By the end of 1980's, world experts started questioning the very way world was carrying on with different modes of production.
» All developed economies had declared their agriculture to be an industry.
» The much - hyped Green Revolution was declared ecologically untenable and the world headed for organic farming, green farming, etc.
» India needed a new kind of Green Revolution which could deliver it the physical, economic as well as ecological access to food - the Second Green Revolution an all-in-one approach towards the agriculture sector. 


Land reforms in India had three objectives.
i) Removing institutional discrepancies of the agrarian structure inherited from the past which obstructed increasing agricultural production, such as

» The size of agricultural holding, land ownership, land inheritance, tenancy reforms, abolition of intermediaries introduction of modern institutional factors to agriculture, etc.
ii) The other objective of the land reforms in India was related to the issue of socio-economic inequality in the country.
iii) The Third objective of the land reforms in India was the objective of increasing agricultural production for solving the inter-related problems of poverty, malnutrition and food insecurity.

To realise the objectives of the land reforms, the government took three main steps which had many internal sub-steps.
1) Abolition of Intermediaries
     Under this step, the age-old exploitative land tenure system of the Zamindari, Mahalwari and Ryotwari were fully abolished.
2) Tenancy Reforms
     Three inter-related reforms protecting the land tenants were effected.
i) Regulation of rent so that a fixed and rational rate of rent could be paid by the share croppers to the land owners.
ii) Security of tenure so that a share-cropper could be feel secure about his future income and his economic security.
iii) Ownership rights to tenants so that the landless masses (i.e., the tenants, the share - croppers) could in transferred the final rights for the land they plough land to the tiller.

3) Reorganisation of Agriculture
i) Redistribution of land among the landless poor masses after promulgating timely ceiling laws.
» The move failed badly with few expections, such as West Bengal, Kerala and partially in Andhra Pradesh.

ii) Consolidation of land could only succeed in the regions of the Green Revolution (i.e., Haryana, Punjab and Western Uttar Pradesh).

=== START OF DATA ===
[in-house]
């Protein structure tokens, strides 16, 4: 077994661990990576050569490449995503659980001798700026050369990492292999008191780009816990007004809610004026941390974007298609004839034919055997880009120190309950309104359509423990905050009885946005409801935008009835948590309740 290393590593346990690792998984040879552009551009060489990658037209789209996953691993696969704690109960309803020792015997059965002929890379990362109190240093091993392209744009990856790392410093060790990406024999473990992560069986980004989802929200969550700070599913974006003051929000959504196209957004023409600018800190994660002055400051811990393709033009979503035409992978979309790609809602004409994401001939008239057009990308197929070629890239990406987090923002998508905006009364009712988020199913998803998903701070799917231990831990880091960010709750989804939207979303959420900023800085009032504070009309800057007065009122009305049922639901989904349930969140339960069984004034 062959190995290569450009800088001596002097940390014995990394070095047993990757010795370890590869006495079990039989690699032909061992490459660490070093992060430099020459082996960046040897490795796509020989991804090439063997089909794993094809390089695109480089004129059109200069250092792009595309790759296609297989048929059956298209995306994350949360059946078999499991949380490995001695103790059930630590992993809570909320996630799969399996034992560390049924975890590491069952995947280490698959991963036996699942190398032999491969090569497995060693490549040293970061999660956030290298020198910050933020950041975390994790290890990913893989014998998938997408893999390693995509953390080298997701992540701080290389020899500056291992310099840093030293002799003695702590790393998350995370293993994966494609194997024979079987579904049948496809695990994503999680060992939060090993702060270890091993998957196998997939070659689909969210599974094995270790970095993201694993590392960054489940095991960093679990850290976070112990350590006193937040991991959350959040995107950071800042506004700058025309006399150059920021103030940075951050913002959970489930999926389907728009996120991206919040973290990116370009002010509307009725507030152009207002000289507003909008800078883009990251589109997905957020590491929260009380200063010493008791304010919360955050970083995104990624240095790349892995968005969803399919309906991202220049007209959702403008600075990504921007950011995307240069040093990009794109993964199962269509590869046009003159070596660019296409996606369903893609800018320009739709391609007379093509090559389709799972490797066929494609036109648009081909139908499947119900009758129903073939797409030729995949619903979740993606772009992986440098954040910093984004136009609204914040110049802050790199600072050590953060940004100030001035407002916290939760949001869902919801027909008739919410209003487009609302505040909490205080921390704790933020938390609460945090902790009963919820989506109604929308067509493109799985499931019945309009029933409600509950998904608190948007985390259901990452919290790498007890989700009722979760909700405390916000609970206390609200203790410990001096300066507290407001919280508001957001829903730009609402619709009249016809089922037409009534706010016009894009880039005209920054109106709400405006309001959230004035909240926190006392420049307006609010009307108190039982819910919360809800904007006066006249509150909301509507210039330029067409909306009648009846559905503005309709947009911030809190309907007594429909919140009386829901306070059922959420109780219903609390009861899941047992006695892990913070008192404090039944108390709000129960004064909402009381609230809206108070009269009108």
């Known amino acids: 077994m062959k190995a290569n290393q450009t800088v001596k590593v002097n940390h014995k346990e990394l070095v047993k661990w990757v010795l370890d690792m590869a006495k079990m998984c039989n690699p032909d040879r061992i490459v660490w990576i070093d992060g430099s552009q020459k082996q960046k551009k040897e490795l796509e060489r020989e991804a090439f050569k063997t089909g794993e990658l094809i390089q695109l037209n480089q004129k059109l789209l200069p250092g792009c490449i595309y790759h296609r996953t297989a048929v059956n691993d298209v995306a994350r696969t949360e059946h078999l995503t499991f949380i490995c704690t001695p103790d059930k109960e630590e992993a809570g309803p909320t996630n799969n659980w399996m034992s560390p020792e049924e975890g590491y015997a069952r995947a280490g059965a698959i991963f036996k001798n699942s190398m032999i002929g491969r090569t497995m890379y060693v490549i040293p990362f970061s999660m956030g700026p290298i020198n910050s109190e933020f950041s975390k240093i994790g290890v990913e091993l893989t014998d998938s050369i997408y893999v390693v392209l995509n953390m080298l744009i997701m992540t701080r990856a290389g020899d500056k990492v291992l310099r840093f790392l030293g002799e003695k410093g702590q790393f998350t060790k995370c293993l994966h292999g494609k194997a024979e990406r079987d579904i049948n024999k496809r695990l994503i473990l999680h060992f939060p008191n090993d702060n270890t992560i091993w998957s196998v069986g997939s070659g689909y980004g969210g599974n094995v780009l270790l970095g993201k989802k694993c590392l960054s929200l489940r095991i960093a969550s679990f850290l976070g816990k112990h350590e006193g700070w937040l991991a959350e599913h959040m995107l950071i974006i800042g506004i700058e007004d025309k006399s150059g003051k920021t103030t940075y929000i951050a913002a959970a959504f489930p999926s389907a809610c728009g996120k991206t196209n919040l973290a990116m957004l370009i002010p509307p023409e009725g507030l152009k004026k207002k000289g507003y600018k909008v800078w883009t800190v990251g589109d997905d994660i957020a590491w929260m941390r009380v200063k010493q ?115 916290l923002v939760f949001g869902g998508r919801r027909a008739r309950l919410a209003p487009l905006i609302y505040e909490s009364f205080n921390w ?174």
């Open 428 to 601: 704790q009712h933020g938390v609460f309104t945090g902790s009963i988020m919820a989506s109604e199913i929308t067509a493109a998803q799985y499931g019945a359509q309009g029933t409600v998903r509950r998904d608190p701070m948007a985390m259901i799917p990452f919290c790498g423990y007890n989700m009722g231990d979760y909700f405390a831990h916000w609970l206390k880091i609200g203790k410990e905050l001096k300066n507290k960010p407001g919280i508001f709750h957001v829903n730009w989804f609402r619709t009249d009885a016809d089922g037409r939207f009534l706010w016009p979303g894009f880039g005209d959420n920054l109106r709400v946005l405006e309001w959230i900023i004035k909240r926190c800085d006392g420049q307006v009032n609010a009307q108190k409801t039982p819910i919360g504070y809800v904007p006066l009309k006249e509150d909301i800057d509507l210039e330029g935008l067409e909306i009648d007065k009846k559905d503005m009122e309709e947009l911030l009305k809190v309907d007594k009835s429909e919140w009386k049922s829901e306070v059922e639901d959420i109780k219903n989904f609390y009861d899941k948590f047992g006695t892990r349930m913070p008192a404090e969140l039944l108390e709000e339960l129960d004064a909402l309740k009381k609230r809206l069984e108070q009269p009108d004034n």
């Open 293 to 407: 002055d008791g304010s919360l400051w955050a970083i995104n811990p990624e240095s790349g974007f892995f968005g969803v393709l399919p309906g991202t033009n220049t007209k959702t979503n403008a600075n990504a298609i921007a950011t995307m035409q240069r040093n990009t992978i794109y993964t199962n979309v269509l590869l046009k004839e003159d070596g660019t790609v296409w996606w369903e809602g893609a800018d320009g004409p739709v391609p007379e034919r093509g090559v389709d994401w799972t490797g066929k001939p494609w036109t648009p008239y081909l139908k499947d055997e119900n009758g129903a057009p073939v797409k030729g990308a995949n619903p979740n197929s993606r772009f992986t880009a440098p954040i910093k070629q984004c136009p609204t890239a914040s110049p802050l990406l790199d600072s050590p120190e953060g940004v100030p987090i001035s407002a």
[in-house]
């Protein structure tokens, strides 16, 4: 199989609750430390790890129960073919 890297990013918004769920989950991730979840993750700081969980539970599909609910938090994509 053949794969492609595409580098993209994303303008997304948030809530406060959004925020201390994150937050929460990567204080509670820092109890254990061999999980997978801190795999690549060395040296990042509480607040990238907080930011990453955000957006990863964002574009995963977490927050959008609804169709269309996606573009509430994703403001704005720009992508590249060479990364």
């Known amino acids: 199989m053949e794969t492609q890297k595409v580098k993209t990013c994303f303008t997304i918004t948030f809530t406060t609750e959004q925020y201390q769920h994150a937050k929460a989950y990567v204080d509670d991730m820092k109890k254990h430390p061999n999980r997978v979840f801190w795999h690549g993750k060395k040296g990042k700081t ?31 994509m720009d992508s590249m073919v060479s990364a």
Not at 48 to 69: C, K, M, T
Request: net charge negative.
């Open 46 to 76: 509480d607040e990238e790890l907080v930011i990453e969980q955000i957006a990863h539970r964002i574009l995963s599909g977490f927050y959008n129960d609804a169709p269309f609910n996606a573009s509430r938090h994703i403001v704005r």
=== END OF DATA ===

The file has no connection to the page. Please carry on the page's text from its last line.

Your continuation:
iii) Co-operative farming which has a high socio economic moral base, was only used by the big farmers to save their form the draconian ceiling laws.

» Data regarding the numerical achievements of land reform have been highly discouraging.
» Tenancy reforms made tenants have their rights but only on 4% of the total operated areas of India.
» Redistribution of ownership rights of land took place but only on 2% of the total operated area of the country.
» Taken together, the whole process of land reforms could benefit only 6% of the operated area of the country.
» It was the failure of land reforms which made the government easily attracted towards the new policy of the Green Revolution.

Reasons for Failure of Land Reforms

The following three could be considered the most important ones
i) Land in India is considered a symbol of social prestige, status and identity unlike the other Economies which succeeded in their land reform programmes where it is seen as just an economic asset for income-earning.
ii) Lack of political will which was required to affect land reforms and make it a successful programme.
iii) The rampant corruption in public life, political hypocrisy and leadership failure in the Indian democratic system.

Agriculture Holdings

    The average size of land holding in India is continuously decreasing due to rapid and high population growth Agricultural holdings have been classified into three categories.
1. Economic Holding: Economic holding is a minimum essential area for profitable agriculture.
2. Family Holding: Family holding is a plough unit which is neither less nor more for an average size family to cultivate it properly.